Blitzed by Norman Ohler
Blitzed, written by Norman Ohler, is a thought-provoking and well-researched exploration of the role of drugs in Nazi Germany during World War II. Through extensive interviews and historical research, Ohler presents a compelling argument about the widespread use of drugs in the Nazi regime, including stimulants, opiates, and other substances, and the impact it had on the war effort.
One of the main strengths of the book is the quality of the research and evidence presented. Ohler clearly spent a great deal of time delving into primary sources and presenting a well-rounded view of the topic. He also does an excellent job of weaving together the various threads of his argument and presenting a clear and coherent narrative.
The purpose of the book is to shed light on a little-known aspect of Nazi history and to raise important questions about the role of drugs in society and the dangers of their misuse. In this respect, the book is highly successful. It is a thought-provoking and eye-opening work that is sure to leave a lasting impression on readers.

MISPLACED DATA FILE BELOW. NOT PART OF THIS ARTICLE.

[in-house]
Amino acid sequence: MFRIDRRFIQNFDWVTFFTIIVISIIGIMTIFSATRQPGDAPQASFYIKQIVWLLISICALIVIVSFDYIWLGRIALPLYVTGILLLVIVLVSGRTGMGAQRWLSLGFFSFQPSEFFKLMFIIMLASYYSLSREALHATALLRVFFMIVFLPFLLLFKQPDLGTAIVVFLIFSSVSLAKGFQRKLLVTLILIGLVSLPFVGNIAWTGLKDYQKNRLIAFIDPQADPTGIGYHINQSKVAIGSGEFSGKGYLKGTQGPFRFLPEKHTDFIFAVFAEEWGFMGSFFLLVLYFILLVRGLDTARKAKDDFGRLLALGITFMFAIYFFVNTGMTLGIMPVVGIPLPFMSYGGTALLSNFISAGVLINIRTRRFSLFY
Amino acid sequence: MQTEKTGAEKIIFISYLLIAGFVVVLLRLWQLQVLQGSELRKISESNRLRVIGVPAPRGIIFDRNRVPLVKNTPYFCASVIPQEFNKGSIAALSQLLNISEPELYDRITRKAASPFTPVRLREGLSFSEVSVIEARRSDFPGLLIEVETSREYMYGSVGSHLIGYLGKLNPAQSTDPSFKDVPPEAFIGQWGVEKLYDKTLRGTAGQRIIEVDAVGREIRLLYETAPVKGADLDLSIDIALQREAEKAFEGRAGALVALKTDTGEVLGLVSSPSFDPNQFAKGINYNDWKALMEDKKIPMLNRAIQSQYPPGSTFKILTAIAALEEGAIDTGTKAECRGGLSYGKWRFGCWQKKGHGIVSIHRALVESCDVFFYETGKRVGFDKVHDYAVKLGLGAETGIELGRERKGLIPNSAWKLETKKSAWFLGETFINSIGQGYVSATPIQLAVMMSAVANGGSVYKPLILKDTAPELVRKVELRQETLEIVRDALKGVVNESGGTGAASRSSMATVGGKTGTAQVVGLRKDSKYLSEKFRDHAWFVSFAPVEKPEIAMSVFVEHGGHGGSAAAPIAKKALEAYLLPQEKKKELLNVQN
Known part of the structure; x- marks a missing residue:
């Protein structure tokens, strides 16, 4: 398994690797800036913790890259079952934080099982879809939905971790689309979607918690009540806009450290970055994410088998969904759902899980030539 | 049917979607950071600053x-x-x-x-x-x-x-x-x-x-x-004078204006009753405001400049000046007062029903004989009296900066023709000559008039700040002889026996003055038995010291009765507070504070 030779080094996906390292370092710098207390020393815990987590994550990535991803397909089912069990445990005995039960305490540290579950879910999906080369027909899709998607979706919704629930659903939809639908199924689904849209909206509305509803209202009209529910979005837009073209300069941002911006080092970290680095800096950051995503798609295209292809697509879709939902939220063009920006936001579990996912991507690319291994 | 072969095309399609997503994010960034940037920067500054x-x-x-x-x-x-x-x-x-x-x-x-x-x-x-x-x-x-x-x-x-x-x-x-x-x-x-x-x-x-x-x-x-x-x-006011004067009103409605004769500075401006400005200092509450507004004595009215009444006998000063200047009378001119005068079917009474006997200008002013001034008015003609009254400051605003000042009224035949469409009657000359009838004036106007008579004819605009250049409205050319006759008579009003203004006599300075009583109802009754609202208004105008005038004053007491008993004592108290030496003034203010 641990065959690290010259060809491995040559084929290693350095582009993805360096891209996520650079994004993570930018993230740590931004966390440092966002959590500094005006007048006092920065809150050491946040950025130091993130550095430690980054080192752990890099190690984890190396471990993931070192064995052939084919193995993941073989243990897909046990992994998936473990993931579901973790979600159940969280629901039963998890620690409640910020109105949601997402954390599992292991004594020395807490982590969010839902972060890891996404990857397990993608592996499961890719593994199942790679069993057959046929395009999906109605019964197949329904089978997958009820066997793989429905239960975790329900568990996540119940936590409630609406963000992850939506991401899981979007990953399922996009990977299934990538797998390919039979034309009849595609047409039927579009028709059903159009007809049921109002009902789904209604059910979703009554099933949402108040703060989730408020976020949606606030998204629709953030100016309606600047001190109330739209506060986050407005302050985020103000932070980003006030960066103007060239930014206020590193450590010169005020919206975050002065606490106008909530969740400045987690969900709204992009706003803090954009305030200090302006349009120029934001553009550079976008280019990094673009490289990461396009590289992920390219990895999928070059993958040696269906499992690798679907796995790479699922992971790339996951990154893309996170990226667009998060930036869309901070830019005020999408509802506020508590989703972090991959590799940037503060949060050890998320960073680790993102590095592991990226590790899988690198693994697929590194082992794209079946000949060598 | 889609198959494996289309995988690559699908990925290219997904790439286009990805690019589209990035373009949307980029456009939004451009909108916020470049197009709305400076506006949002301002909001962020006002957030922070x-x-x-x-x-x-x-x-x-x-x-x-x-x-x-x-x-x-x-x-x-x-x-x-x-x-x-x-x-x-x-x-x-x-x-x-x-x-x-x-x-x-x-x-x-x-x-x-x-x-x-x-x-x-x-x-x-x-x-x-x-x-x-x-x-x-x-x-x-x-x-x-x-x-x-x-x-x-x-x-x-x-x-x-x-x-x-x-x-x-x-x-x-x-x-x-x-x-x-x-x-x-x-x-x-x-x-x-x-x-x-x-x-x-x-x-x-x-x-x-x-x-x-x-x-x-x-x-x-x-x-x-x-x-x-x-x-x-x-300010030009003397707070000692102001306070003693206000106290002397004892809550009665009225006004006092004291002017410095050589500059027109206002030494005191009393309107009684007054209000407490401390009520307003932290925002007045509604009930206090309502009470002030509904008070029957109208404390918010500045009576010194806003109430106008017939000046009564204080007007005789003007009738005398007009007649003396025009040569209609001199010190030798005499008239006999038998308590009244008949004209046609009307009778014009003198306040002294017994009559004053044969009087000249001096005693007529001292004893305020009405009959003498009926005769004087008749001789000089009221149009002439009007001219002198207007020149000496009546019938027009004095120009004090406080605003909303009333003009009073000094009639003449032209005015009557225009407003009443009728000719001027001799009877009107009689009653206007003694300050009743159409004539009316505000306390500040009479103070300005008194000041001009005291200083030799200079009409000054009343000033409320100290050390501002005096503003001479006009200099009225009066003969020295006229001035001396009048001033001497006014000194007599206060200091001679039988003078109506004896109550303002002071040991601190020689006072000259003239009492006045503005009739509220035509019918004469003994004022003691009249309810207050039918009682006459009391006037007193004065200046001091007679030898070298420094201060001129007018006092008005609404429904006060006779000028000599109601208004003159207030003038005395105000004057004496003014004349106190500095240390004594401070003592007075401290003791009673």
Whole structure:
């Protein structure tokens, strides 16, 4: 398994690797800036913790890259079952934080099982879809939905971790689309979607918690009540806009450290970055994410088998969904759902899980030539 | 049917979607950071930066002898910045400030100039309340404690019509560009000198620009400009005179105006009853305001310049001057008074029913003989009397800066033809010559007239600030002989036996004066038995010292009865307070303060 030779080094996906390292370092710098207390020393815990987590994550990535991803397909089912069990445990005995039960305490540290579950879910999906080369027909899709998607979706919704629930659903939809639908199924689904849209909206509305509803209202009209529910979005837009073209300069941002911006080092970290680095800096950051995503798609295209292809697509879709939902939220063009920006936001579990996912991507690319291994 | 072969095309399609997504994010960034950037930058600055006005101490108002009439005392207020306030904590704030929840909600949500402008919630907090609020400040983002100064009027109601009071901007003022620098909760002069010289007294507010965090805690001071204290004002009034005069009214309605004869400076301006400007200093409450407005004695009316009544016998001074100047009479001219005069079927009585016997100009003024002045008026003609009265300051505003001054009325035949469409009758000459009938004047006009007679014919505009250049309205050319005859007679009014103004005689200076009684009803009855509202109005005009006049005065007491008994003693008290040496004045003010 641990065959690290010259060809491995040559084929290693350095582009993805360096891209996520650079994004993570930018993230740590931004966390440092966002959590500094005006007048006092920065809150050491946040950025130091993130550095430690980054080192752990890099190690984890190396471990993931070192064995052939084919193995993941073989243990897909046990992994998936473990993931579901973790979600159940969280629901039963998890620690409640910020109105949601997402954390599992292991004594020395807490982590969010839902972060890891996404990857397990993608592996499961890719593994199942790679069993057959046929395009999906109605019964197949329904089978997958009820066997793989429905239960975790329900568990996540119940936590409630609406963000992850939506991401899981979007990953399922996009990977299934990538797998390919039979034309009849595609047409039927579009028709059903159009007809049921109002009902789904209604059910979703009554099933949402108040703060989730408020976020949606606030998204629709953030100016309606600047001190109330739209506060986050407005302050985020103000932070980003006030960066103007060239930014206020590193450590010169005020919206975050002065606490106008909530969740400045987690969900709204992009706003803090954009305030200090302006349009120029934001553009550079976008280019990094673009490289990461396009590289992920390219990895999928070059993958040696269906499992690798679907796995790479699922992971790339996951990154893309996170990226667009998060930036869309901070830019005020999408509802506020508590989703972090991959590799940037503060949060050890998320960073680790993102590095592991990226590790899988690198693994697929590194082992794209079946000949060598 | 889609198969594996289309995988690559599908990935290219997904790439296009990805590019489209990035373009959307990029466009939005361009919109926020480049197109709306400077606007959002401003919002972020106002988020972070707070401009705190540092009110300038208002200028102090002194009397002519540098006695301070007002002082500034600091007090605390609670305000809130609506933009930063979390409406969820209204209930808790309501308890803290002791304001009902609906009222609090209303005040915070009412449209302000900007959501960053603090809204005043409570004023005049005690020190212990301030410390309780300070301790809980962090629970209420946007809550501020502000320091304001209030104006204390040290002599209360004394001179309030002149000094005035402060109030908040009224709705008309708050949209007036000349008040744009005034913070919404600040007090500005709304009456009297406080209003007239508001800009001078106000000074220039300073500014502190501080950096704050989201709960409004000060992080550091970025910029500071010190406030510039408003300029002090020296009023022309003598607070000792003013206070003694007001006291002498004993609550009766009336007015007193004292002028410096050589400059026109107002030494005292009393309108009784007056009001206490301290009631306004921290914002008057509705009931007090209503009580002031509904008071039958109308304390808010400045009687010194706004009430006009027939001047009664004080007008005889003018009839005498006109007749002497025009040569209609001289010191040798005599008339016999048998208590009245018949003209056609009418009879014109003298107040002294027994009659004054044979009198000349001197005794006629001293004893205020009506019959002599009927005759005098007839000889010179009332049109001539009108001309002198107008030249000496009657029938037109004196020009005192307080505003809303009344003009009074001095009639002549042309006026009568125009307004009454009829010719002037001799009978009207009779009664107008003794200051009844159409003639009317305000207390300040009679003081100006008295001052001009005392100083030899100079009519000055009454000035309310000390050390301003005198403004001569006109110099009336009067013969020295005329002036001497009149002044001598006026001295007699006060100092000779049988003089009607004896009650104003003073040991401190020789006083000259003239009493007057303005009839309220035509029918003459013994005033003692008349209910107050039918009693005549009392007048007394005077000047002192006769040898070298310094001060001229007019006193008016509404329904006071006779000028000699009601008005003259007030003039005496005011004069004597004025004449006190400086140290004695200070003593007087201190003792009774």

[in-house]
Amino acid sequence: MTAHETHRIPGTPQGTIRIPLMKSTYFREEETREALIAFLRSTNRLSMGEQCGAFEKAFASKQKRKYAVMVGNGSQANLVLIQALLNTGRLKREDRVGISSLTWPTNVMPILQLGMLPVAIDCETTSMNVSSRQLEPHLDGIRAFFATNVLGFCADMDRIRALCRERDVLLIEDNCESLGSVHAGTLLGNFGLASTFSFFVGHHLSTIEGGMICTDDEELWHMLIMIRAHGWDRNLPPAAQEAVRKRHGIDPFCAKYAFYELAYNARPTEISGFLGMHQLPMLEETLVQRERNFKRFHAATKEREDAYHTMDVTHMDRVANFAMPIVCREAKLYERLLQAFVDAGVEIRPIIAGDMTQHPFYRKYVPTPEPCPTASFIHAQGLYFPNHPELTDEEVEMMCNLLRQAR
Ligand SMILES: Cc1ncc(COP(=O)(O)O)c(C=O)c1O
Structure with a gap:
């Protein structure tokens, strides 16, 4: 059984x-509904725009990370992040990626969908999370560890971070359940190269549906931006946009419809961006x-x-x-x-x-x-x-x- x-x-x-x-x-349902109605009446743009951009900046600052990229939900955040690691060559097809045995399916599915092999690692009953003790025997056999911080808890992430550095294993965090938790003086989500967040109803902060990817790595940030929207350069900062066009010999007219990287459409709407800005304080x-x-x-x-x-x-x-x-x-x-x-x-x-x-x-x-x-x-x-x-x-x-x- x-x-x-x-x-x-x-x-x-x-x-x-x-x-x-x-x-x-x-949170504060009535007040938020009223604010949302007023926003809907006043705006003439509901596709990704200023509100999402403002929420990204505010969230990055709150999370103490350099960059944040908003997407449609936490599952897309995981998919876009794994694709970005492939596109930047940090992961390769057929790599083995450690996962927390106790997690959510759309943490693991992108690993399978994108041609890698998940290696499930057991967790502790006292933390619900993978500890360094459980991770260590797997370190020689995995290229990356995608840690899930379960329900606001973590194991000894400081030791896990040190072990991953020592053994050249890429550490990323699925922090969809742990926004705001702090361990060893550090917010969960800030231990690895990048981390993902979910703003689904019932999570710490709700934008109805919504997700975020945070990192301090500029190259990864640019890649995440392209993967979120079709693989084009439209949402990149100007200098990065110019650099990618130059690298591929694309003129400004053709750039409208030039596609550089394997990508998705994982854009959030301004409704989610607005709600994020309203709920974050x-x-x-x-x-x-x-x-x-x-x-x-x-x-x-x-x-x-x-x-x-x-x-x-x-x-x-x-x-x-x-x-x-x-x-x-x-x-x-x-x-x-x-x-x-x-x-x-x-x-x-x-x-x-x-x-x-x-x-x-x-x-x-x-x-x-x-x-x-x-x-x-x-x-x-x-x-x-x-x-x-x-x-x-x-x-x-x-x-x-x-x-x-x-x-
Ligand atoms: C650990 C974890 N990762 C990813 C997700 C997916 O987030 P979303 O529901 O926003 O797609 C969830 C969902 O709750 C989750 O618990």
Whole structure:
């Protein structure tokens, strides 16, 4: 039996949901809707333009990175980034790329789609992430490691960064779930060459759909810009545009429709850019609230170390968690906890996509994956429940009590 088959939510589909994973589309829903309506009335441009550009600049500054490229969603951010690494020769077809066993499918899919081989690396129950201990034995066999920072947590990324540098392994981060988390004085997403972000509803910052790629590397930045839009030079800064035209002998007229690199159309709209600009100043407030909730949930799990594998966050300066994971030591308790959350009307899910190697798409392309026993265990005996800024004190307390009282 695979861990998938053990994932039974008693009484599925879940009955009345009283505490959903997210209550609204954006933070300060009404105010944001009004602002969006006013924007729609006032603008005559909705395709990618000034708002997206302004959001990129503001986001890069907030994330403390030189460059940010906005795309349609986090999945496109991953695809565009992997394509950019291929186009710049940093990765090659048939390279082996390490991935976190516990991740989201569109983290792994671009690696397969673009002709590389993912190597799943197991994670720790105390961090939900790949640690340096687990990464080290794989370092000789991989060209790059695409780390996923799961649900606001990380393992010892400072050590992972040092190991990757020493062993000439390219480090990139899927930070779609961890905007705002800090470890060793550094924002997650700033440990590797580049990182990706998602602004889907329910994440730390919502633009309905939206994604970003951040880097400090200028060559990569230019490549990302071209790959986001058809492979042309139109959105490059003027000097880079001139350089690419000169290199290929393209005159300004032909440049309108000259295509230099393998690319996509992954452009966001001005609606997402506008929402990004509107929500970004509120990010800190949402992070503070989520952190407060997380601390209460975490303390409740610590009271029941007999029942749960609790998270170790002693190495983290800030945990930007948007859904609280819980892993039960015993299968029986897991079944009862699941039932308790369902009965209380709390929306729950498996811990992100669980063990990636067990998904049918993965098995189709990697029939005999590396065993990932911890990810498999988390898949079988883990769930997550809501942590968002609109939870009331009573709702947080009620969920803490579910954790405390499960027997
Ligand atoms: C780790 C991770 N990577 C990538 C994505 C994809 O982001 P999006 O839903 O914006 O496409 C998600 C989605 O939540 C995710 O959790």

This book shines a light on an aspect of the second world war that is often ignored, the rampant drug use in the Nazi regime. Although the propoganda at the time strongly prohibited drug use and discouraged it by punishing people severely, the military and its leaders abused drugs and eventually became addicted to it which could have played a significant part in its fall.
The book mainly focuses on the story of Theodor Morell, Hitler's personal physician, and examines his notes and diary entries on treatment that was done to patient X. It talks about how Morell treated patient X with basic medication at first and then used meth, cocaine, eukadol etc to treat patient X which helped him to get through important meetings in the short term but eventually came back to kill him. Quite literally in this case. The author speculates that patient X eventually killed himself because he couldn't get his drugs that day and couldn't handle the withdrawal symptoms.
Overall, I would highly recommend Blitzed to anyone interested in history, psychology, or the impact of drugs on human behavior. It is a valuable and important work that shines a light on a little-known aspect of Nazi history and raises important questions about the role of drugs in society.